Empowering Farmers through Knowledge

Feeding Africa: how irrigation can help farmers to change the game small-scale.

Elizabeth Bryan, International Food Policy Research Institute (IFPRI) and Claudia Ringler, International Food Policy Research Institute (IFPRI)

Unlike large-acreage government irrigation schemes, small-scale irrigation is typically farmer led. Farmers decide what technologies to use to extract water, be it manual lifting or solar water pumps. They also choose the mode of irrigation, whether by buckets or drip kits. Farmers purchase, run and maintain the operation themselves on their own farms or as part of small groups of farmers.

Small-scale irrigation can help smallholder farmers to increase agricultural productivity and incomes. It can be scaled quickly and without large public investments. For these reasons, it can contribute more rapidly to the achievement of national agricultural and development goals, compared to large irrigation schemes.

Currently, less than 5% of cultivated land in sub-Saharan Africa is irrigated. The reliance on rainfed agriculture prevents farmers from cultivating high-value nutritious crops that often need large amounts of water that are applied more frequently. Some vegetable crops consist mostly of water, for example, tomatoes or cucumbers, and their yield and quality deteriorate rapidly under water stress.

Rainfed agriculture limits smallholder production and profitability, particularly under climate change. It is therefore associated with higher food insecurity, poor diet quality, and high seasonal variability in diets.

A farmer watering his crops in Namong, Tone district, Togo. Photo by: Godong/Universal Images Group via Getty Images

Small-scale irrigation can improve nutritional outcomes in several important ways. It increases food production in the dry season and also incomes. Extra income enables the purchase of healthy and diverse diets year round.

Evidence for the nutrition benefits of irrigation in Africa remains limited, however. One reason is that irrigated agriculture covers only small areas. In addition, nutritionists have largely focused on micronutrient supplementation or infant and young child feeding practices. And irrigation systems are mostly developed and analysed by engineers who do not consider linkages to nutrition in their work.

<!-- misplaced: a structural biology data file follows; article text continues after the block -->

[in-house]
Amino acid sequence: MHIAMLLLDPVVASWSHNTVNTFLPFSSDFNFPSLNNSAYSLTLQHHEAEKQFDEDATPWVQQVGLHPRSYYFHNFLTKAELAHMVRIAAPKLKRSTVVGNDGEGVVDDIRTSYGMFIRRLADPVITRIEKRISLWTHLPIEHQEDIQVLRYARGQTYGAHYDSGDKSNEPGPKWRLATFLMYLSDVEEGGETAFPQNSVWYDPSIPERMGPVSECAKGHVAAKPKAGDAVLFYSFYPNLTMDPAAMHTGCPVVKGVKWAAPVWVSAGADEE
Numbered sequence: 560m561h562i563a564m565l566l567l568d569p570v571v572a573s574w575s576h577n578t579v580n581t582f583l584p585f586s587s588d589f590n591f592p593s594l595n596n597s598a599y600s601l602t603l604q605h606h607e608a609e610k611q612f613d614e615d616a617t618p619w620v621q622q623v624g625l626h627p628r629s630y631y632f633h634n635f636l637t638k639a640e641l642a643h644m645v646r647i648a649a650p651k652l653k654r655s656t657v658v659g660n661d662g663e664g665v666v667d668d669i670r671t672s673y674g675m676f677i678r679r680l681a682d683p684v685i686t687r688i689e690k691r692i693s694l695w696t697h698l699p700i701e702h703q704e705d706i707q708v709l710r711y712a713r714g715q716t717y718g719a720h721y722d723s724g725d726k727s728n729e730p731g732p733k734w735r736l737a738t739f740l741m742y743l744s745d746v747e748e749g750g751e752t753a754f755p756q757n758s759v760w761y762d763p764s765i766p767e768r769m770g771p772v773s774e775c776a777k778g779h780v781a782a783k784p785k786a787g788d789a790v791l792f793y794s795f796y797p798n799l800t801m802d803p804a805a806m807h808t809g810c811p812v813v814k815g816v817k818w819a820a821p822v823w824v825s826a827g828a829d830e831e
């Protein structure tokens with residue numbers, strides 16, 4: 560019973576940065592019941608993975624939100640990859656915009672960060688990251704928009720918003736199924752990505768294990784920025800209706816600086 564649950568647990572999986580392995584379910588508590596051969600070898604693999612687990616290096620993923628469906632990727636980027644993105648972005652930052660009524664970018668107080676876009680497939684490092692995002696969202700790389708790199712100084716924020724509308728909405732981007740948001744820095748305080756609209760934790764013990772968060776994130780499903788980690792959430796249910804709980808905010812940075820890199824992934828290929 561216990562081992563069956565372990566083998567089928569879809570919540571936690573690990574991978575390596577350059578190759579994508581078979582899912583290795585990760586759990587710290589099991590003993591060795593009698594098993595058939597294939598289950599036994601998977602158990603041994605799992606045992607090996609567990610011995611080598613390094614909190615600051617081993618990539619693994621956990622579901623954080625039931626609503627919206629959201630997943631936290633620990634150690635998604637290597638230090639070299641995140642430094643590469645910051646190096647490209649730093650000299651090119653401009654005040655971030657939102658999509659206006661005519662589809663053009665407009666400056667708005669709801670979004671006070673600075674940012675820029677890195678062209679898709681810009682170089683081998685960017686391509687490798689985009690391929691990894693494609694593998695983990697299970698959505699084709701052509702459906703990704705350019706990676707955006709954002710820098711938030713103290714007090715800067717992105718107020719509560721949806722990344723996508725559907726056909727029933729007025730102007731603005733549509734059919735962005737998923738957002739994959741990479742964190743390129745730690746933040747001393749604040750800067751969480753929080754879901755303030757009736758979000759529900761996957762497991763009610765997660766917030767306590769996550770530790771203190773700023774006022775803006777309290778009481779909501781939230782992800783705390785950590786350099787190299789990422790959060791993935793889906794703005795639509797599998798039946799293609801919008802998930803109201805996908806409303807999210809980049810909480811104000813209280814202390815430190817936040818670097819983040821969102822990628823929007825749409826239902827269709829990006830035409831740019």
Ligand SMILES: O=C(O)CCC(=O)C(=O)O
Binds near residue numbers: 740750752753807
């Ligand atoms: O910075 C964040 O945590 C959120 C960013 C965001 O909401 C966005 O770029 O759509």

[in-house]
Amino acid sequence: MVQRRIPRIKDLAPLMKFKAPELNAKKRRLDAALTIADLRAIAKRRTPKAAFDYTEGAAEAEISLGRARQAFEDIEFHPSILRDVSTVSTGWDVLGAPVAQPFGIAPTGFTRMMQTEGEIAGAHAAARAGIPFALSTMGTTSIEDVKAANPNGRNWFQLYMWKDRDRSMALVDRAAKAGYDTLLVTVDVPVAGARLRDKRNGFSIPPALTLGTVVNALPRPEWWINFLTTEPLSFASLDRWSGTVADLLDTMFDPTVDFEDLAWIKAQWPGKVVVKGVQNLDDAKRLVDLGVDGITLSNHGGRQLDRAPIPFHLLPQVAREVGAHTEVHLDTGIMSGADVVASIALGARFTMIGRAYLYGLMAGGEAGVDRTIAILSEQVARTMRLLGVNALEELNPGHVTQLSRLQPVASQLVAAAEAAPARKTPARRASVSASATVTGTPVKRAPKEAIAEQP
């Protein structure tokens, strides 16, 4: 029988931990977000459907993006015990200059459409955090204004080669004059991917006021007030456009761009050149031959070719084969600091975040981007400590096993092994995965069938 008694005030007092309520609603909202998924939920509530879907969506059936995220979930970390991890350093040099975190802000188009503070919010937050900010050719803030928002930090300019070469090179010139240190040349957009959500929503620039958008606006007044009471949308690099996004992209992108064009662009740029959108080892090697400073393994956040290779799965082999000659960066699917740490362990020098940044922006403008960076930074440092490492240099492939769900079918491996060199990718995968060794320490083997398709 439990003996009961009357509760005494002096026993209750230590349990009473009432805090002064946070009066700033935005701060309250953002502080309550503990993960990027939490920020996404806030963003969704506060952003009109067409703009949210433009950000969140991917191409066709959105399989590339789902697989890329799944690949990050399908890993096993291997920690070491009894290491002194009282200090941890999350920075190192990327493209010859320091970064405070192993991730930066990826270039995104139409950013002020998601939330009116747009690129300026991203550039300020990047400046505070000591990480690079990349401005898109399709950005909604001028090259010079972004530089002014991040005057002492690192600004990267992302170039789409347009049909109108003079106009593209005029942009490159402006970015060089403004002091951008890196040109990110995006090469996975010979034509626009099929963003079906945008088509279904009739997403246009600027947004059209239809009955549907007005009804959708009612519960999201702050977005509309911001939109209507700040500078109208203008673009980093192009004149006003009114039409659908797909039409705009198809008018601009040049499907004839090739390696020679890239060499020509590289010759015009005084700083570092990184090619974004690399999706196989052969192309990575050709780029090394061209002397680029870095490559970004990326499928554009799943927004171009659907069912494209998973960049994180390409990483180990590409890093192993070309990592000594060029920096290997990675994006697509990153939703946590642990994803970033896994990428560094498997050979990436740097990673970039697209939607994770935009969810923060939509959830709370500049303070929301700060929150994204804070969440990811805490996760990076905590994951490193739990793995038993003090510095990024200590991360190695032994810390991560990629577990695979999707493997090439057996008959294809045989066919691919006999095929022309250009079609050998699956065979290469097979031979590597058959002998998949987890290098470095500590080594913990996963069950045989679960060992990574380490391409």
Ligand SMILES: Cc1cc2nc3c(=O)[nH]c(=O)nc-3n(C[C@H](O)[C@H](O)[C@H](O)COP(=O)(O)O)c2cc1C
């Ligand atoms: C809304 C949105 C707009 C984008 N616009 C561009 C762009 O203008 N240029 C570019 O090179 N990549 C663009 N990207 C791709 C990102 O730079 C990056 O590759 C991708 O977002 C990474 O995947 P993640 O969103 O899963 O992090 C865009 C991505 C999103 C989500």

Our recent research, drawing on data from Tanzania and Ethiopia, has developed richer evidence of these important linkages. Our work, part of a broader project, provides the first strong evidence of the relationship between small-scale irrigation, food security, diet quality and nutrition. Small-scale irrigation contributes to the resilience of smallholder producers by preserving their food security and nutrition during times of drought.

These findings provide reasons for policymakers to support small-scale irrigation expansion.

What we found

We started by exploring the relationship between small-scale irrigation and women’s dietary diversity in northern Ethiopia. Women’s dietary diversity is a measure of quality of food access, defined as the consumption of different food groups over the previous 24 hours. Food groups include (1) grains, white roots and tubers and plantains; (2) pulses; (3) nuts and seeds; (4) dairy; (5) meat, poultry and fish; (6) eggs; (7) dark green leafy vegetables; (8) other vitamin A-rich fruits and vegetables; (9) other vegetables; and (10) other fruits. Increased dietary diversity is an intermediate indicator of nutrition.

We found that women’s diets in that region were generally poor and identified high seasonal fluctuations in diet quality. We also found that compared to non-irrigators, women in households with small-scale irrigation had better dietary diversity and irrigation can help offset the seasonality in dietary quality of women.